---
title: "Week 7 R Lecture"
author: "Jeremy Foote"
date: "April 4, 2019"
output: html_document
---
```{r setup, include=FALSE}
knitr::opts_chunk$set(echo = TRUE)
```
## Categorical Data
The goal of this script is to help you think about analyzing categorical data, including proportions, tables, chi-squared tests, and simulation.
### Estimating proportions
If a survey of 50 randomly sampled Chicagoans found that 45% of them thought that Giordano's made the best deep dish pizza, what would be the 95% confidence interval for the true proportion of Chicagoans who prefer Giordano's?
Can we reject the hypothesis that 50% of Chicagoans prefer Giordano's?
```{r}
est = .45
sample_size = 50
SE = sqrt(est*(1-est)/sample_size)
conf_int = c(est - 1.96 * SE, est + 1.96 * SE)
conf_int
```
What if we had the same result but had sampled 500 people?
```{r}
est = .45
sample_size = 500
SE = sqrt(est*(1-est)/sample_size)
conf_int = c(est - 1.96 * SE, est + 1.96 * SE)
conf_int
```
### Tabular Data
The Iris dataset is composed of measurements of flower dimensions. It comes packaged with R and is often used in examples. Here we make a table of how often each species in the dataset has a sepal width greater than 3.
```{r}
table(iris$Species, iris$Sepal.Width > 3)
```
The chi-squared test is a test of how much the frequencies we see in a table differ from what we would expect if there was no difference between the groups.
```{r}
chisq.test(table(iris$Species, iris$Sepal.Width > 3))
```
The incredibly low p-value means that it is very unlikely that these came from the same distribution and that sepal width differs by species.
## BONUS: Using simulation to test hypotheses and calculate "exact" p-values
When the assumptions of $\chi^2$ tests aren't met, we can use simulation to approximate how likely a given result is. The material here comes from the final two sections of Chapter 6 of the *OpenIntro* textbook. The book uses the example of a medical practitioner who has 3 complications out of 62 procedures, while the typical rate is 10%.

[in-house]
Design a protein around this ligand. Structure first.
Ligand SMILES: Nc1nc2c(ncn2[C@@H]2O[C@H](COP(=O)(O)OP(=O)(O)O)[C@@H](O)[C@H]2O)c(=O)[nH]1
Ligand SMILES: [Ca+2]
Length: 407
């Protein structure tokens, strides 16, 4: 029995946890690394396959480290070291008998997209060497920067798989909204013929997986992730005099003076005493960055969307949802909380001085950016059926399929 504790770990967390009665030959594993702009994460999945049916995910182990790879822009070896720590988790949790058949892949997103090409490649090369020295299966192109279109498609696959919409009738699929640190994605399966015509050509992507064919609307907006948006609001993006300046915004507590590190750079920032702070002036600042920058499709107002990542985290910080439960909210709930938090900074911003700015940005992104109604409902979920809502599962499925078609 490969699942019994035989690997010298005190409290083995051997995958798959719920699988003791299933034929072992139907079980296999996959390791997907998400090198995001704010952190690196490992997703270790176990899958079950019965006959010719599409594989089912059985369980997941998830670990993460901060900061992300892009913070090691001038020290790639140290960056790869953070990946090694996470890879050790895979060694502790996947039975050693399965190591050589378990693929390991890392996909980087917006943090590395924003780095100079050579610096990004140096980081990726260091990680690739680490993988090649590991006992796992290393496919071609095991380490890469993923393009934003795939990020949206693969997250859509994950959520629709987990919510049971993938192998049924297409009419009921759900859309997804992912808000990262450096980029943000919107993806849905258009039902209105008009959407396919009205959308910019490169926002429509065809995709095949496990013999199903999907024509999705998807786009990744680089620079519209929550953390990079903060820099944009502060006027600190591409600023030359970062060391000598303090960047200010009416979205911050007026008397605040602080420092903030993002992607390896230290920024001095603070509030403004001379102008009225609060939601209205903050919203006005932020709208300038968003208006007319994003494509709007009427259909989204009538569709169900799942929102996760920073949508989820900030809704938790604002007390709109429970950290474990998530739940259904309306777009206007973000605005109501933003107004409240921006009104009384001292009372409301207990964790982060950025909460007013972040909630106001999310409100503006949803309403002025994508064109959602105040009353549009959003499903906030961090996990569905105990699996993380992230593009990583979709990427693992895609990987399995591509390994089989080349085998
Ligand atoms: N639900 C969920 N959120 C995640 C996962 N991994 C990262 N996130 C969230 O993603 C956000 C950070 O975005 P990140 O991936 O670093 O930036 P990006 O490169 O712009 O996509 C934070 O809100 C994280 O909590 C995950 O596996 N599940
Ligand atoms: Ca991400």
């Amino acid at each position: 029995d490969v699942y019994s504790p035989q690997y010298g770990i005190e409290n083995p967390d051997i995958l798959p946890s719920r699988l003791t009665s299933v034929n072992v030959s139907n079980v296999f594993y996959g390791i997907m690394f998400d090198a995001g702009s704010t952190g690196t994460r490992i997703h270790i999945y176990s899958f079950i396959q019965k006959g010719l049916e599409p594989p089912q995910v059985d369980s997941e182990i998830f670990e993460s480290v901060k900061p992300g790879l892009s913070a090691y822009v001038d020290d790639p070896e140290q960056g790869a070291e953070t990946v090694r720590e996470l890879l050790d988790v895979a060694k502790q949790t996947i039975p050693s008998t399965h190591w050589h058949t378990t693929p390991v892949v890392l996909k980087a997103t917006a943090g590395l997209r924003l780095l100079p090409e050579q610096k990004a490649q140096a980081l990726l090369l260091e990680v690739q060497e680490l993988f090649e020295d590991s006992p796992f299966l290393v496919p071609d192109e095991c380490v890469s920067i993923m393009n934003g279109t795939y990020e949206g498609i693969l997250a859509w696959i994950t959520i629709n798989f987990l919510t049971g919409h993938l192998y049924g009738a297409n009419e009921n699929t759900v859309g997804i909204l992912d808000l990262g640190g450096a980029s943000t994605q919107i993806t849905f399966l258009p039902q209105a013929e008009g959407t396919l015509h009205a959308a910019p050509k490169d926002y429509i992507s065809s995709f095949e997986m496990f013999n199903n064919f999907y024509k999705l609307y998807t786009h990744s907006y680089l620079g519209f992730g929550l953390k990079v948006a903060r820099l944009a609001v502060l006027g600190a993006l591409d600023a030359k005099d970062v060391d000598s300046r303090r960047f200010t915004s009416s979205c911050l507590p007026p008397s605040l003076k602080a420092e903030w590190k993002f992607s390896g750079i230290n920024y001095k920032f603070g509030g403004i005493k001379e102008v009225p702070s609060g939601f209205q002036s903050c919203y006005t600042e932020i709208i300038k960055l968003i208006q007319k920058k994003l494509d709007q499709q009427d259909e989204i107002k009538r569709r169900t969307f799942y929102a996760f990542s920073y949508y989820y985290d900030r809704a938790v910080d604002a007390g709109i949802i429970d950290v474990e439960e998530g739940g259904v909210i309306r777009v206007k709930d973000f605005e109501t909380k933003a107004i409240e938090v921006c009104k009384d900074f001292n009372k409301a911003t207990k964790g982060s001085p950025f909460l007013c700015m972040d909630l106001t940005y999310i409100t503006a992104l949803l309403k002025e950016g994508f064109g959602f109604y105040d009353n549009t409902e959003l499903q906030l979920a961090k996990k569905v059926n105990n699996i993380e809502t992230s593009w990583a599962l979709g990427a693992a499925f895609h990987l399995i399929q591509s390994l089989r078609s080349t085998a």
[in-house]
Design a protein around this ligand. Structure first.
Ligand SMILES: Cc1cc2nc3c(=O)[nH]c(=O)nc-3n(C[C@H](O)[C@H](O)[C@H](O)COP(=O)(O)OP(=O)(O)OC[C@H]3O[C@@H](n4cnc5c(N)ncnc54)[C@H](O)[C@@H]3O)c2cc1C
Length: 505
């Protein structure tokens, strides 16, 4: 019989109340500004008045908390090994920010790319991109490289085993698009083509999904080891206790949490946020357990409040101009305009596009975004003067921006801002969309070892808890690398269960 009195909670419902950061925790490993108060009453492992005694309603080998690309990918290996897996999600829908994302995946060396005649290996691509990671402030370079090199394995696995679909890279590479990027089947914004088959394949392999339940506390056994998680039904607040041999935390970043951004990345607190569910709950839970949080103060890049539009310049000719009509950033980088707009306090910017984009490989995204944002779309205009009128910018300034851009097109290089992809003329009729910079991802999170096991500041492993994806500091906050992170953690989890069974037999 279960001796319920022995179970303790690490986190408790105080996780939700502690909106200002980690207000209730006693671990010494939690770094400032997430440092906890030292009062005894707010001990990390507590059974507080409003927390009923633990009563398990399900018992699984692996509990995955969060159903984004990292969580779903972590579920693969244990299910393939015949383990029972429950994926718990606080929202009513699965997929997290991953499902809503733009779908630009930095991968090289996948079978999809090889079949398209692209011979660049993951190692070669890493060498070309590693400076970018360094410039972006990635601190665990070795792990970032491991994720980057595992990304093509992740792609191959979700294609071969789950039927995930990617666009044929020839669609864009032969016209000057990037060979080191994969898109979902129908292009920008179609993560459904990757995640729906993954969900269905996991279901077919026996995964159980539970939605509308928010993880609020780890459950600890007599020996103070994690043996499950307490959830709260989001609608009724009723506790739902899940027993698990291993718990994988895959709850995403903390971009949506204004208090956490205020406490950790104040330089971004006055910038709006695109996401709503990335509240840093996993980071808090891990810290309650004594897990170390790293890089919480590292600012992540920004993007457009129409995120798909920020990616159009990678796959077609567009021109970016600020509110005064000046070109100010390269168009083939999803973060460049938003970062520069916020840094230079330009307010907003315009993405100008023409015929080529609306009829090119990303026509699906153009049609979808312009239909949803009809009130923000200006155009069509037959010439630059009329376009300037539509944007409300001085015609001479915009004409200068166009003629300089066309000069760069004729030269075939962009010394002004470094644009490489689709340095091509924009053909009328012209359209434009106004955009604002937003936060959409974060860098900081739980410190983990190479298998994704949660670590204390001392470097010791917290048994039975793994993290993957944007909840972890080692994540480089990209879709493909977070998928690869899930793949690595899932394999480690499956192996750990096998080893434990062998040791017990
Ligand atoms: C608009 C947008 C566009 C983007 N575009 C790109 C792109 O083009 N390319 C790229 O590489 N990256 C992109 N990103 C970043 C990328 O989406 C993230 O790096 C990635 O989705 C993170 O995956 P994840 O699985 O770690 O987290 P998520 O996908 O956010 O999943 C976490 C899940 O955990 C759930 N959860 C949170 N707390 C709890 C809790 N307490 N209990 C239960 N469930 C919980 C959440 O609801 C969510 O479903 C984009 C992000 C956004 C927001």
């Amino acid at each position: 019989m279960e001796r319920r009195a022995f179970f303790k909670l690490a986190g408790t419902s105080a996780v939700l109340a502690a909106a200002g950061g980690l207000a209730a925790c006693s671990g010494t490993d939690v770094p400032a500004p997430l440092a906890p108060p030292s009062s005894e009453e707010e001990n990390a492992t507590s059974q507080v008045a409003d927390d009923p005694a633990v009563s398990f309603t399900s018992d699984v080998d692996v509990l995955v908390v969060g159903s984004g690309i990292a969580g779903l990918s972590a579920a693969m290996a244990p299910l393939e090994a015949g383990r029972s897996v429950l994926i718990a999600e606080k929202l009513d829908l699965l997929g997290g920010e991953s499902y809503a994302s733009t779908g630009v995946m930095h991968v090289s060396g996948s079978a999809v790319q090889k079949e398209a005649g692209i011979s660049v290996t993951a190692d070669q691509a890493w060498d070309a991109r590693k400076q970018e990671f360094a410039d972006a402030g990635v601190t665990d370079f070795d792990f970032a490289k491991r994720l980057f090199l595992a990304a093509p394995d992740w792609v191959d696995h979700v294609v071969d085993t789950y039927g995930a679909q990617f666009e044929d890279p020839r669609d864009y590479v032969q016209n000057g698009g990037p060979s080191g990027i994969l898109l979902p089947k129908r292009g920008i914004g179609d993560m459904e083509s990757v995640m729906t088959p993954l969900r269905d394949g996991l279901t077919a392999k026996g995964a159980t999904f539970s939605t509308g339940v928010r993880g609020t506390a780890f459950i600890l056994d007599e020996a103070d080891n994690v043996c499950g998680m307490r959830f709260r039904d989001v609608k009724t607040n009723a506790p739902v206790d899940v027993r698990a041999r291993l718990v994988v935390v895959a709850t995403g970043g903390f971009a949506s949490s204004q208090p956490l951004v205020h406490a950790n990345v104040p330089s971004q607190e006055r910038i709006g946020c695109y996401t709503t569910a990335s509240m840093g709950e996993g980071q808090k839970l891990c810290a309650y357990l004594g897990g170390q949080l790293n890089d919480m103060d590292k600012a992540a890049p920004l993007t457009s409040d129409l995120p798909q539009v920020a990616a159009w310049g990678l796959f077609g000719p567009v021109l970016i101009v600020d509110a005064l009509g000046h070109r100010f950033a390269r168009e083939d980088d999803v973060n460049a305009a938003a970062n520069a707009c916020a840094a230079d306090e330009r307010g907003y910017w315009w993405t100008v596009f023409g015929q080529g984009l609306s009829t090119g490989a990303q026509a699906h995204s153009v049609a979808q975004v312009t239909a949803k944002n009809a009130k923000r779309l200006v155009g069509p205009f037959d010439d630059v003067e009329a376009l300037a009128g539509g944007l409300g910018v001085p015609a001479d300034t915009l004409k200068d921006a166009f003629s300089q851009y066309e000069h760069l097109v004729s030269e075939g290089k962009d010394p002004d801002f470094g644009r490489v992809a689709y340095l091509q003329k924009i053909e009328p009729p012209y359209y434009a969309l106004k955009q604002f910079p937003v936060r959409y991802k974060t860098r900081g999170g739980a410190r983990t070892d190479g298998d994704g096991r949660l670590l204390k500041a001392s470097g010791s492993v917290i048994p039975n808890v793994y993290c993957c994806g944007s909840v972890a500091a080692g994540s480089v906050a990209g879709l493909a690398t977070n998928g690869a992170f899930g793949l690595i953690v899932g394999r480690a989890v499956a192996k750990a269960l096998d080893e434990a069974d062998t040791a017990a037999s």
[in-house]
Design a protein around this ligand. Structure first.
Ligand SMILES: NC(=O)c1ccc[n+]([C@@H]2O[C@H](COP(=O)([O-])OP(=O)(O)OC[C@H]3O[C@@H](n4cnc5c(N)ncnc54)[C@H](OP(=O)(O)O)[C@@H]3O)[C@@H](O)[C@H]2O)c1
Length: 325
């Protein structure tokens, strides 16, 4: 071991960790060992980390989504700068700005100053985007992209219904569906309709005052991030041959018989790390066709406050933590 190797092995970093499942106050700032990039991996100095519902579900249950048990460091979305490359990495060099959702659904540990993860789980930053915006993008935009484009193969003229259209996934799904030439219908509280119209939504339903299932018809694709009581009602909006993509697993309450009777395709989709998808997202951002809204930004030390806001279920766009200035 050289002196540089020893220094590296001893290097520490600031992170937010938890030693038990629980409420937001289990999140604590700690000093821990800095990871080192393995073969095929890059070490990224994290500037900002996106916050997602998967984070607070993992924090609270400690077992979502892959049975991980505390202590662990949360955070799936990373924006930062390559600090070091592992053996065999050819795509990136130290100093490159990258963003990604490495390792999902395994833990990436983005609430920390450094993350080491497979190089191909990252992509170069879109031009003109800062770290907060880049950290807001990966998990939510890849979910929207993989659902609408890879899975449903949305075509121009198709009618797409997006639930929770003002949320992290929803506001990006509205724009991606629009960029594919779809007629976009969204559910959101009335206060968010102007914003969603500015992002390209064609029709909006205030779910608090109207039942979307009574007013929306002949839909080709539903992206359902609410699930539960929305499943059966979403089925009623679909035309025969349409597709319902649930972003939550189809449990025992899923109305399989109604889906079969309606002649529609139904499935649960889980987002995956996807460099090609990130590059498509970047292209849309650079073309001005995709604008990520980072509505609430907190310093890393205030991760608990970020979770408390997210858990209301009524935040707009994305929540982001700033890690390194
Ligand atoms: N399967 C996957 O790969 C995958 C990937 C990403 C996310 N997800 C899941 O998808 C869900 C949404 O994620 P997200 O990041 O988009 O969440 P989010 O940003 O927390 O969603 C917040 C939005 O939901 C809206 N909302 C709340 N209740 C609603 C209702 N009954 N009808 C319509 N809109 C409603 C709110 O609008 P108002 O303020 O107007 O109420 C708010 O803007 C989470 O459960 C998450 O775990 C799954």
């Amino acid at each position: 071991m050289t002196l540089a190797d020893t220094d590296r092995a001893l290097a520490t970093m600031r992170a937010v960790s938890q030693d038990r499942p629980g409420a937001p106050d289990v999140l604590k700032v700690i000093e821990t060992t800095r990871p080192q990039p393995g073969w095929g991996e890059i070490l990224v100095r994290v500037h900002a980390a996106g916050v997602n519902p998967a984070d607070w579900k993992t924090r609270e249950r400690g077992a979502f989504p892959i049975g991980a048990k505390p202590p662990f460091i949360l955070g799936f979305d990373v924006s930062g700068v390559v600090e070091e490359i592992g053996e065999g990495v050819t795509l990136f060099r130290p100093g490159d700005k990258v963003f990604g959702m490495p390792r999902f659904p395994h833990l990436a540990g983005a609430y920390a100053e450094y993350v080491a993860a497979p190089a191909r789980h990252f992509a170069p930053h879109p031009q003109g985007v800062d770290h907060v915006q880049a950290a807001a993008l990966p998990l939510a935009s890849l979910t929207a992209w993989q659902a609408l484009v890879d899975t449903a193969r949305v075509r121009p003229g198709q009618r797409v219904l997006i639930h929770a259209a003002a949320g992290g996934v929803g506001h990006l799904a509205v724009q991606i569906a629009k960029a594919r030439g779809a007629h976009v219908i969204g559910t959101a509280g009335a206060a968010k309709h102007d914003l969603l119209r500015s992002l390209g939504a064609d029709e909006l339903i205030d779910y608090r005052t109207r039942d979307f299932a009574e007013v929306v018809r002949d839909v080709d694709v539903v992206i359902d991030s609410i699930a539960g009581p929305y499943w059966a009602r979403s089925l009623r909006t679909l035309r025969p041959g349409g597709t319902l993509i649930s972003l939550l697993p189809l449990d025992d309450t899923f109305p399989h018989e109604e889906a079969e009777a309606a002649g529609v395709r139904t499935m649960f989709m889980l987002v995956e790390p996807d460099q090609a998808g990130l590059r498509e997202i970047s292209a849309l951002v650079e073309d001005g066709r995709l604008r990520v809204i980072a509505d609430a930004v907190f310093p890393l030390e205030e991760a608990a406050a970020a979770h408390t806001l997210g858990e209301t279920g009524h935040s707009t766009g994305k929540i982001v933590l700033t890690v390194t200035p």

The null hypothesis is that this practitioner's true rate is also 10%, so we're trying to figure out how rare it would be to have 3 or fewer complications, if the true rate is 10%.
```{r}
# We write a function that we are going to replicate
simulation <- function(rate = .1, n = 62){
# Draw n random numbers from a uniform distribution from 0 to 1
draws = runif(n)
# If rate = .4, on average, .4 of the draws will be less than .4
# So, we consider those draws where the value is less than `rate` as complications
complication_count = sum(draws < rate)
# Then, we return the total count
return(complication_count)
}
# The replicate function runs a function many times
simulated_complications <- replicate(5000, simulation())
```
We can look at our simulated complications
```{r}
hist(simulated_complications)
```
And determine how many of them are as extreme or more extreme than the value we saw. This is the "exact" p-value.
```{r}
sum(simulated_complications <= 3)/length(simulated_complications)
```